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New Haven County Courthouse, Waterbury

Waterbury Courthouse - 1907
Postmarked 1905
Waterbury Courthouse
Copyright pre-March 1907
New Haven County Courthouse, Waterbury
Copyright pre-March 1907

Waterbury Courthouse
Published pre-March 1907
 

New Haven County Courthouse at Waterbury
Postmarked 1907

Waterbury Courthouse - 1910
Postmarked 1910

New Haven County Courthouse, Waterbury
Postmarked 1916

After more than 100 years of petitioning the State Legislature to create a new county and name Waterbury its county seat, the city government finally was granted part of its wish. In 1872, the State Legislature ordered that two sessions of Superior Court would be held each year in Waterbury—thus making the City half a shire town—provided that proper accommodations were provided. 
 

Waterbury City Hall
Waterbury City Hall
Published pre-March 1907

Not to let the moment pass, the town fathers made certain that there was a courtroom in the new City Hall, which was opened in 1869. Accompanying the courtroom in this space were a jury room, clerk’s room and a fireproof vault. From 1867 to 1896, Waterbury sessions of the Superior Court for New Haven County were held in this courtroom at the southeast corner of the building. Previously these cases were held in New Haven.

But the building of the police station in 1890 at the southeast side of City Hall blocked out both light and air to a great extent in the courtroom. This prompted complaints by attorneys and judges, who would often adjourn the terms of the Waterbury Superior Court to New Haven.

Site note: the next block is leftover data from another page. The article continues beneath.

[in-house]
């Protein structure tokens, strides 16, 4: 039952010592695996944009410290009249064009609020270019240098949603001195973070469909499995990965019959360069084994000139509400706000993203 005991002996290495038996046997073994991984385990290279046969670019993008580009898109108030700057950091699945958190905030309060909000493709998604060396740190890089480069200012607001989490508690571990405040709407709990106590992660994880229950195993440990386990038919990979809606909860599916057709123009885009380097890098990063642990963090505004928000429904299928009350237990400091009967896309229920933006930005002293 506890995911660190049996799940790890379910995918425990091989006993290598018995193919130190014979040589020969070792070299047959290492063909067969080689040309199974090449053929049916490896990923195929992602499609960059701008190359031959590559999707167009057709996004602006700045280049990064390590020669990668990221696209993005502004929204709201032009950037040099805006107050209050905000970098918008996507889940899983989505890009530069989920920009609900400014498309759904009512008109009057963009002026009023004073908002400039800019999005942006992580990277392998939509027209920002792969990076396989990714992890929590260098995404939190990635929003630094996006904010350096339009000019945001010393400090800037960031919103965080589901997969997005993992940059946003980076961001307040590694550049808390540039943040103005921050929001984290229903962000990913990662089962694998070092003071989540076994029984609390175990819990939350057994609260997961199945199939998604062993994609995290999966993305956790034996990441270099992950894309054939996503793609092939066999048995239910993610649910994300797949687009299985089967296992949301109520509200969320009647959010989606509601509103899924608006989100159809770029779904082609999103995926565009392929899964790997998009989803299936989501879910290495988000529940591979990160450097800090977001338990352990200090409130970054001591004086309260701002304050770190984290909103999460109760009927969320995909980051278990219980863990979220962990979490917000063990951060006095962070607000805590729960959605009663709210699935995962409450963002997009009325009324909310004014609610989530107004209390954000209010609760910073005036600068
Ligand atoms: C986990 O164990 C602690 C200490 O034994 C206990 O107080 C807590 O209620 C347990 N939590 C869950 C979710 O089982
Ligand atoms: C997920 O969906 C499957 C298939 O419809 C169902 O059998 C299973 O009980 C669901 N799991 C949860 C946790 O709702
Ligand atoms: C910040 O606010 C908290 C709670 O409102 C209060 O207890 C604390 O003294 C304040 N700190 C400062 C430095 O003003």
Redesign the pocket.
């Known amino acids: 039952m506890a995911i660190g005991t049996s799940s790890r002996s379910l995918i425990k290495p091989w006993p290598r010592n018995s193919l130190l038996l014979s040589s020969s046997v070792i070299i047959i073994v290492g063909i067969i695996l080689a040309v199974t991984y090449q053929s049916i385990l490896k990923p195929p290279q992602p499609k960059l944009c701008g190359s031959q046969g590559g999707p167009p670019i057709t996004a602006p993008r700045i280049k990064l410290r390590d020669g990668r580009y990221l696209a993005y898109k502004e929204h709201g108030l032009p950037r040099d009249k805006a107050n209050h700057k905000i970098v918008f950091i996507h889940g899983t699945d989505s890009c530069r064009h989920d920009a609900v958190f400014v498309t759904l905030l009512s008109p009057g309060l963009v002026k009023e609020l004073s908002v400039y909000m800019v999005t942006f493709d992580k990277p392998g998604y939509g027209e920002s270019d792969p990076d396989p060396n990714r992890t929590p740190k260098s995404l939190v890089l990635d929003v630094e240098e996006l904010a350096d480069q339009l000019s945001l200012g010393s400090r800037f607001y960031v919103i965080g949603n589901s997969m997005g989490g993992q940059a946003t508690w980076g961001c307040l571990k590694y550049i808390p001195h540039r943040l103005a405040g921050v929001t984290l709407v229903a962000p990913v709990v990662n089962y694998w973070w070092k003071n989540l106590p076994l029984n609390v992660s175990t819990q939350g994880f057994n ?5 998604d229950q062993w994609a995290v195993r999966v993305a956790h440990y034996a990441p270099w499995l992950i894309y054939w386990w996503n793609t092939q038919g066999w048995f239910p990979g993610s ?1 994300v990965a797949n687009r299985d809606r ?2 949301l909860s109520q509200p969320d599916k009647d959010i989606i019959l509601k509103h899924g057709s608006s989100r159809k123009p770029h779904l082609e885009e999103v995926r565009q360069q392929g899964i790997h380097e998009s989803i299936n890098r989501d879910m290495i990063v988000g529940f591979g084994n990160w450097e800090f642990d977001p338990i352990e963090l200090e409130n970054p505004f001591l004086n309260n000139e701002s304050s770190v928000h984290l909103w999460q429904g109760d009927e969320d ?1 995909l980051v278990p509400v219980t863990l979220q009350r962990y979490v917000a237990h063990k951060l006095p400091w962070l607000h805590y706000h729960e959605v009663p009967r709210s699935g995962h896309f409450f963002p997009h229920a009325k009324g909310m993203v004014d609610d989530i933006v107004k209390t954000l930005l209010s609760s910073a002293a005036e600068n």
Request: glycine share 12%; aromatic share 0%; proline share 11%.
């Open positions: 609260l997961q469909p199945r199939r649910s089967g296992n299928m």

To help remedy this situation, the Connecticut Legislature, in 1895, authorized the erection of a new County Courthouse in the City of Waterbury and mandated that the City and New Haven County share the cost of the building. 

The new Courthouse, designed by noted architect Wilfred Elizur Griggs, was erected on the corner of Leavenworth Street and Kendrick Avenue, with the entrance on Leavenworth. The building, which cost $91,000, was opened for business in 1896.

Odd Fellows Building, Waterbury
Published
pre-March 1907

Odd Fellows Building, Waterbury, CT   But demand for space soon necessitated its renovation. Griggs completed this renovation in 1911 at a cost of $164,412 (this did not include the interior furnishings). During the renovation court was moved to one of the floors of the Odd Fellows Building. Court was held there from March 7, 1910 until August 1, 1911.

The architect completely changed the exterior of the Courthouse, which included removing the dome, and expanded the interior with two more wings and a third floor. The Leavenworth Street façade was torn down and the building enlarged with a new entrance constructed facing Kendrick Avenue. The renovated Courthouse was built in the Italian Renaissance style, with four massive Ionic columns at its entrance. The exterior was constructed of red tapestry brick and granite with terra cotta for the ornamental work. 

The building housed three tall and stately courtrooms with ash woodwork and comfortable jury rooms. 

Judge Lucien F. Burpee held the first session of Superior Court in the newly renovated building on September 12, 1911.


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New Haven County Courthouse, Waterbury
Postmarked 1916
Waterbury Courthouse
Published pre-March 1923
Birds eye view of Waterbury
Birds Eye View of Waterbury

   

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